Collected Works of Erasmus: Vol. 31, Adages Ii1 to Iv100


493 pages
Contains Bibliography
ISBN 0-8020-2373-8




Translated by Margaret Mann Phillips
Reviewed by Richard C. Smith

Richard C. Smith is a professor in the Classics Department of the
University of Alberta.


This translation by Margaret Mann Phillips, Honorary Lecturer at University College, London, of the first five hundred adages of the sixteenth century scholar, Erasmus, is part of an outstanding series designed to make the principal writings of Erasmus available in English. An understanding of the size of this project may be obtained by noting that it will require seven more volumes plus an introductory volume to complete publication of the Adages alone, much less the rest of Erasmus’s voluminous correspondence and extensive scholarly works. Further, the works are not only translated but include the notes of modern scholars; in this case, the annotator is R.A.B. Mynors of Oxford, who is also a member of the Editorial Board for the total project.

Besides the proverbial sayings themselves (given in both Latin and English, and very often in Greek) and Erasmus’s comments regarding their meaning, Erasmus wrote a short but very interesting introduction to the total Adagia (or Adages) on the nature of proverbs. In this introduction he makes clear why he spent so much time on proverbs since they formed such an essential part of not only Western literature and oratory of his day but also formed a major link between classical culture and Christian theology. For a Christian scholar such as Erasmus, linking Christianity and classical culture was, of course, one of the most important tasks of scholarship. Through the Adagia, therefore, he hoped to bring to his readers the best moral thought of the past in the context of Christian interpretation. The result was a work which grew from 818 adages in 1500 to a total of 4,151 in the final edition of 1536 (the first part of which is the text for this book).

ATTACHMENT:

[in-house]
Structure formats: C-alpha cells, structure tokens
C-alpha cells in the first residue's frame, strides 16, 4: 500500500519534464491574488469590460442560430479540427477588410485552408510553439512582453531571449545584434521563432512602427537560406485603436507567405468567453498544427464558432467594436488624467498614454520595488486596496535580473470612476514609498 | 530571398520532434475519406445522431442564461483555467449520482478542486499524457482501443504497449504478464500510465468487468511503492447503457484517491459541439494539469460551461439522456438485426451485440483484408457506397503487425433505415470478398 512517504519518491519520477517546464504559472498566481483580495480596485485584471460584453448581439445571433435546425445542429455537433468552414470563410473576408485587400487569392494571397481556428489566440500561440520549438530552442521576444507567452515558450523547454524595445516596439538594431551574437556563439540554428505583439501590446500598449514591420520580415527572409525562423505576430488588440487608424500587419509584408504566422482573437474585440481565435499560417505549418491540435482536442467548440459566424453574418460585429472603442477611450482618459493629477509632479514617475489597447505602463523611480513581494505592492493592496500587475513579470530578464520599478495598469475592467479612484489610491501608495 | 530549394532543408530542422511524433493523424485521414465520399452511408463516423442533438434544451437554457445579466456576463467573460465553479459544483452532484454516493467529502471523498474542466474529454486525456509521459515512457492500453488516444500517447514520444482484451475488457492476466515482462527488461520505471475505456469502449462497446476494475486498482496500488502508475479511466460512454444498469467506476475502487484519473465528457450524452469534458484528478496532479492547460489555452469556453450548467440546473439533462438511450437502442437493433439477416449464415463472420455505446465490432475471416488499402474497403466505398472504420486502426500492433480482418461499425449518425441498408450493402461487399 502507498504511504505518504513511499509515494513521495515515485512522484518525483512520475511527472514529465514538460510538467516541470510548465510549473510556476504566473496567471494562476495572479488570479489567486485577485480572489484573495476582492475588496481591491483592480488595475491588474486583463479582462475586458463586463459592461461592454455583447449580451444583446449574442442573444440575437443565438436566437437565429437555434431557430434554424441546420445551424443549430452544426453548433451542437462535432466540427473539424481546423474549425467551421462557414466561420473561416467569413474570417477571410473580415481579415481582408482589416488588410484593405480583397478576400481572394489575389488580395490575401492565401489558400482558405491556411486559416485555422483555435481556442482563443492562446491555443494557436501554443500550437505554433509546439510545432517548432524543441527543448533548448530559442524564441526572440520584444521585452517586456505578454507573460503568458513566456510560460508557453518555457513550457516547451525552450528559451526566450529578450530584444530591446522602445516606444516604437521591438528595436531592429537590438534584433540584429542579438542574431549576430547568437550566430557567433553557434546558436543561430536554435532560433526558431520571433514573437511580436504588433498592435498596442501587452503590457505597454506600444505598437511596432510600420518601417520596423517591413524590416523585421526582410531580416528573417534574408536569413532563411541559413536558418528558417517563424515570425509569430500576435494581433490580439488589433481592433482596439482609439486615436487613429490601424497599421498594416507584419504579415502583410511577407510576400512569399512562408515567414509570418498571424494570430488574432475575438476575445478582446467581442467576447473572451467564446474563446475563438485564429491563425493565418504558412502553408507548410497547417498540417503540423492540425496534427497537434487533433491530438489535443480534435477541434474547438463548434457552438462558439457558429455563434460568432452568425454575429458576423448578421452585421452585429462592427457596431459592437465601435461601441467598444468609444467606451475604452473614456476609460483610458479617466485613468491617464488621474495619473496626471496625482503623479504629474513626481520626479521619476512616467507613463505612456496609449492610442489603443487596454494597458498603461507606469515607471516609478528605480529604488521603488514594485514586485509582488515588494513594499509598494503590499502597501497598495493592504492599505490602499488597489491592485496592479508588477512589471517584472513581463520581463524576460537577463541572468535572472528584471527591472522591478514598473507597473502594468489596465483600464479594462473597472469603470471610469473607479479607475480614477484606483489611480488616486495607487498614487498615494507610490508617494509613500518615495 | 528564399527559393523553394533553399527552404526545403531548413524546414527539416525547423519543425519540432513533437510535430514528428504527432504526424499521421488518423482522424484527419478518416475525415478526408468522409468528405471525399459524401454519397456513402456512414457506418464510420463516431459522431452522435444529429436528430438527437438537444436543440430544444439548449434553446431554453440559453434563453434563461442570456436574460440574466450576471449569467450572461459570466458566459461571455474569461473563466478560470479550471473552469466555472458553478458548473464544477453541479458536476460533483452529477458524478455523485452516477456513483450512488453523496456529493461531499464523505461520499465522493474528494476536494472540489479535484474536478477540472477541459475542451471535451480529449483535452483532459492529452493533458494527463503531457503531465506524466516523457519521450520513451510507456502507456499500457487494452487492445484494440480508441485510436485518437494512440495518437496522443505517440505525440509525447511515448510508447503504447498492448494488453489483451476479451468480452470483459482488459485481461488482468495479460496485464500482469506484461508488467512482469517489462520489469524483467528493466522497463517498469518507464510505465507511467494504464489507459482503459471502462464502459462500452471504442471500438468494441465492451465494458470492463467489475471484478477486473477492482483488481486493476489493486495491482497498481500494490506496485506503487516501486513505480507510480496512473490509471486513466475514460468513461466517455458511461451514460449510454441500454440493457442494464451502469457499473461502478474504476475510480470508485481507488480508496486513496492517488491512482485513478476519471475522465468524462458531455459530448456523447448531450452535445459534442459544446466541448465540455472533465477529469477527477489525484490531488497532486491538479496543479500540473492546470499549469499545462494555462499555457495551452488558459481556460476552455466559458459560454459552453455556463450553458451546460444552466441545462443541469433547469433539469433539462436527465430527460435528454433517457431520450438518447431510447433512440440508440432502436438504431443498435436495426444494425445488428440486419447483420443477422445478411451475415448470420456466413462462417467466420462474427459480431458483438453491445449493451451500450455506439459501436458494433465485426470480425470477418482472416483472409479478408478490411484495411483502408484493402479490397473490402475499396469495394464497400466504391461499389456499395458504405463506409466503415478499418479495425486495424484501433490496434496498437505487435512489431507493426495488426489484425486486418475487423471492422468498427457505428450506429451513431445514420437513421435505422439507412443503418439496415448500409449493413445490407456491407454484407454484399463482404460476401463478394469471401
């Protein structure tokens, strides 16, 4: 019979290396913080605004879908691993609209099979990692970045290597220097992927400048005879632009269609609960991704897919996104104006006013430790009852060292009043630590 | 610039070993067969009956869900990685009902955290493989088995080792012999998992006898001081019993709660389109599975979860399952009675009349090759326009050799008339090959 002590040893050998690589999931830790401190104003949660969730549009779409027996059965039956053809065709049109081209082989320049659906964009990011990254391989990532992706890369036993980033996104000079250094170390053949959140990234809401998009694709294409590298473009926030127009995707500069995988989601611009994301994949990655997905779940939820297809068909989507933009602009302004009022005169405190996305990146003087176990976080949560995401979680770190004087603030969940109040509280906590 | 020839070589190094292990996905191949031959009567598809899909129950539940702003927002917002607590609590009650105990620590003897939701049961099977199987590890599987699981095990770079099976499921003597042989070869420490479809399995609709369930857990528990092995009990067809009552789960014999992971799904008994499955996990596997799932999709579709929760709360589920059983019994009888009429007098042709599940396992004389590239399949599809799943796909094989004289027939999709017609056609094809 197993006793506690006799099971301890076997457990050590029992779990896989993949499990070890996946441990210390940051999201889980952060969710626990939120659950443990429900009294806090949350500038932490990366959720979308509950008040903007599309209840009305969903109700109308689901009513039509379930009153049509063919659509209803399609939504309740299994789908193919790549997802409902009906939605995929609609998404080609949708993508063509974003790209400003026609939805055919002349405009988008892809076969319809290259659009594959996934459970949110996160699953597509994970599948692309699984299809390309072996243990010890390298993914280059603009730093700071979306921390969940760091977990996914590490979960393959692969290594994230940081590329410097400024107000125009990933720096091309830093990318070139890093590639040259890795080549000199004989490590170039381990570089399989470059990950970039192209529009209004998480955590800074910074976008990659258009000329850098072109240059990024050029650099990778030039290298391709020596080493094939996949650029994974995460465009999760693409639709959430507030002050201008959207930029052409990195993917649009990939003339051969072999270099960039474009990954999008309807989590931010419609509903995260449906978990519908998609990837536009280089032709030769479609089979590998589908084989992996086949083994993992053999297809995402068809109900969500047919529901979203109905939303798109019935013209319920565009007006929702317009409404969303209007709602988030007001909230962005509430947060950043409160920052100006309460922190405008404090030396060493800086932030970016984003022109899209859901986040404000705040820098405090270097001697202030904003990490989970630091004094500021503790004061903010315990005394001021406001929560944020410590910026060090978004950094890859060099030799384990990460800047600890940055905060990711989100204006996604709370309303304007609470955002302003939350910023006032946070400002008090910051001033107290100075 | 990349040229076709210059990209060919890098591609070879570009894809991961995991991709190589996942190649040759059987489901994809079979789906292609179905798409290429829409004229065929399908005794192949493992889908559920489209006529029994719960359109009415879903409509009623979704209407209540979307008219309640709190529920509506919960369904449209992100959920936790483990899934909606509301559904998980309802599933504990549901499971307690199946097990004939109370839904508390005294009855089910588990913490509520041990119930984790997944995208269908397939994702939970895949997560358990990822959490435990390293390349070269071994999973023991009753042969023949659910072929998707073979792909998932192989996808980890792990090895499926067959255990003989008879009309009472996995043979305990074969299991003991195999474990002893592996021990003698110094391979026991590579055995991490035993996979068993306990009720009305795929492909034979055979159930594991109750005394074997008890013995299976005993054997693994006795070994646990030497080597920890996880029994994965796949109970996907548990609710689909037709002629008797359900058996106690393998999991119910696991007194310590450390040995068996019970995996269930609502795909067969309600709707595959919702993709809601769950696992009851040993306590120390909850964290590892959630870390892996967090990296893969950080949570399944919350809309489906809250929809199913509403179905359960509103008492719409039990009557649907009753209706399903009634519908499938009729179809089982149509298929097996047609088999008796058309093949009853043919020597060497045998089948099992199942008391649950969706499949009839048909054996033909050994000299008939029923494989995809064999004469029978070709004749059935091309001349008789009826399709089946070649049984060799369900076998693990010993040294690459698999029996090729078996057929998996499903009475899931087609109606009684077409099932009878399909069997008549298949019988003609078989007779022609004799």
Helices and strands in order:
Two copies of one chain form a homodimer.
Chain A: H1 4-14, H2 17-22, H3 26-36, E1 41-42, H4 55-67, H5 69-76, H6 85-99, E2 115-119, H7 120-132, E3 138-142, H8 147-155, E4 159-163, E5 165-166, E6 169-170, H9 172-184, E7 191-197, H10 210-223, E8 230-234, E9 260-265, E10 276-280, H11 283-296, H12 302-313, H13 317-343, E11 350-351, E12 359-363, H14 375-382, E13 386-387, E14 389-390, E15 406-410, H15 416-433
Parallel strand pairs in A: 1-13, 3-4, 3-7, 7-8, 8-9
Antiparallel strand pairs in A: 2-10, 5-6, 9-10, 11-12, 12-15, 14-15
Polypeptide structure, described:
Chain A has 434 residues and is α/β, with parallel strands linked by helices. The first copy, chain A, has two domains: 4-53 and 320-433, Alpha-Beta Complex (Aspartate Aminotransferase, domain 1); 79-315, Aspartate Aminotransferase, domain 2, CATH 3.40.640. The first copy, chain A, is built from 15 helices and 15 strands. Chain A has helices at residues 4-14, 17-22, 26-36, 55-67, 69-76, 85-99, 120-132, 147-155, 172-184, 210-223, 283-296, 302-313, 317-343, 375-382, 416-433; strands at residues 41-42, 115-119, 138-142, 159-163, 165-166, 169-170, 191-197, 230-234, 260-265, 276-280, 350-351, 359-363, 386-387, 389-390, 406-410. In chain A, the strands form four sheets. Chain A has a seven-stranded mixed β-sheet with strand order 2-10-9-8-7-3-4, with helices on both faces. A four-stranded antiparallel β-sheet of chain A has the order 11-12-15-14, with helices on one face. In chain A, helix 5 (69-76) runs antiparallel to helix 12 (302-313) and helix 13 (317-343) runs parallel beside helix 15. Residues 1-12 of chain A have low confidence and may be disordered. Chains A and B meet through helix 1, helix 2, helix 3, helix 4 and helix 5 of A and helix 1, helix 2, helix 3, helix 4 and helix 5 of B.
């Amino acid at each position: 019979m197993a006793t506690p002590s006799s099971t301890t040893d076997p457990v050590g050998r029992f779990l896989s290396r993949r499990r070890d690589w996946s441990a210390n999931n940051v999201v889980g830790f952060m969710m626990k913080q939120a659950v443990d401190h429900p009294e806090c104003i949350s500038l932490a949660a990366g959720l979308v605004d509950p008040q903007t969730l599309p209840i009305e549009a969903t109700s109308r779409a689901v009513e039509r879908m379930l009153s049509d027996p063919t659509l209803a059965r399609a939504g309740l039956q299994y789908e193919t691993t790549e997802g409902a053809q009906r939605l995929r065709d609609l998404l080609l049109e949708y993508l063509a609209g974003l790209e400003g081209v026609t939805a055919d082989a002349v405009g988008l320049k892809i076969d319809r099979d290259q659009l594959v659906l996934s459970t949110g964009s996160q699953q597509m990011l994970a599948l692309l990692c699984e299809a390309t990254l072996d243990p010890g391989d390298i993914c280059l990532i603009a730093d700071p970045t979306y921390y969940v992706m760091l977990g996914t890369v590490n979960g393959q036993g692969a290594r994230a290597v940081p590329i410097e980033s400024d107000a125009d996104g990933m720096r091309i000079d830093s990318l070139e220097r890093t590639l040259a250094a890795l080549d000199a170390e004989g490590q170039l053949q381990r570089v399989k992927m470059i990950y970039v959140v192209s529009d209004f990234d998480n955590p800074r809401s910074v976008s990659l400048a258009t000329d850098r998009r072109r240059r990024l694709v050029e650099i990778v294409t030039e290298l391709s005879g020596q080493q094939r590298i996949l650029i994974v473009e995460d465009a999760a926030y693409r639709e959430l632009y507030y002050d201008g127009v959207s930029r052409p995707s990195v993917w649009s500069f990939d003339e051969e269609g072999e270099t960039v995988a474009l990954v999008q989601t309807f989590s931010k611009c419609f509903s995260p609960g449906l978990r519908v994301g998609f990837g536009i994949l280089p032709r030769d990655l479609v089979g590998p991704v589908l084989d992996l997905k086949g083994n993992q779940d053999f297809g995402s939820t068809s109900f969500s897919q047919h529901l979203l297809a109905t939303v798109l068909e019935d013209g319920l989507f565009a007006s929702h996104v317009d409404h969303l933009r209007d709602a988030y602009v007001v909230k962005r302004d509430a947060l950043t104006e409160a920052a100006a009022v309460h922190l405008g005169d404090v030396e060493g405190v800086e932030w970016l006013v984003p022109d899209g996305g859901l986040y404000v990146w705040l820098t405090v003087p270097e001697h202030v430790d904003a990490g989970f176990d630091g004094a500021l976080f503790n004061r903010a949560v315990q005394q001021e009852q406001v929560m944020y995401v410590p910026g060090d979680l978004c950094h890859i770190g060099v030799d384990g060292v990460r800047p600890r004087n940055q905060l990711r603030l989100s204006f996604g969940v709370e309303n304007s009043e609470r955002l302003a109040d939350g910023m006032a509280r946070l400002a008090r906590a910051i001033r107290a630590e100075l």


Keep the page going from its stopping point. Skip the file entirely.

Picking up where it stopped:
Though most modern scholars no longer spend much time relating Euripides and Isaiah or Moses and Homer, this work furnishes an interesting treasury from the period when such insights might be directed toward the governments of the day to evaluate their actions (as in the comments on Iiii1 “One ought to be born a king or a fool”) as well as proving useful to the individual student of literature or budding orator. One can also find information on such varied topics as the precepts of Pythagoras and the battle arrangements of the Roman army as well as the old Roman adage, “Bad women marry in May.”

Though perhaps too expensive for the average reader, this handsome volume should certainly be on the shelves of all major libraries.


Erasmus, Desiderius, “Collected Works of Erasmus: Vol. 31, Adages Ii1 to Iv100,” Canadian Book Review Annual Online, accessed July 20, 2024,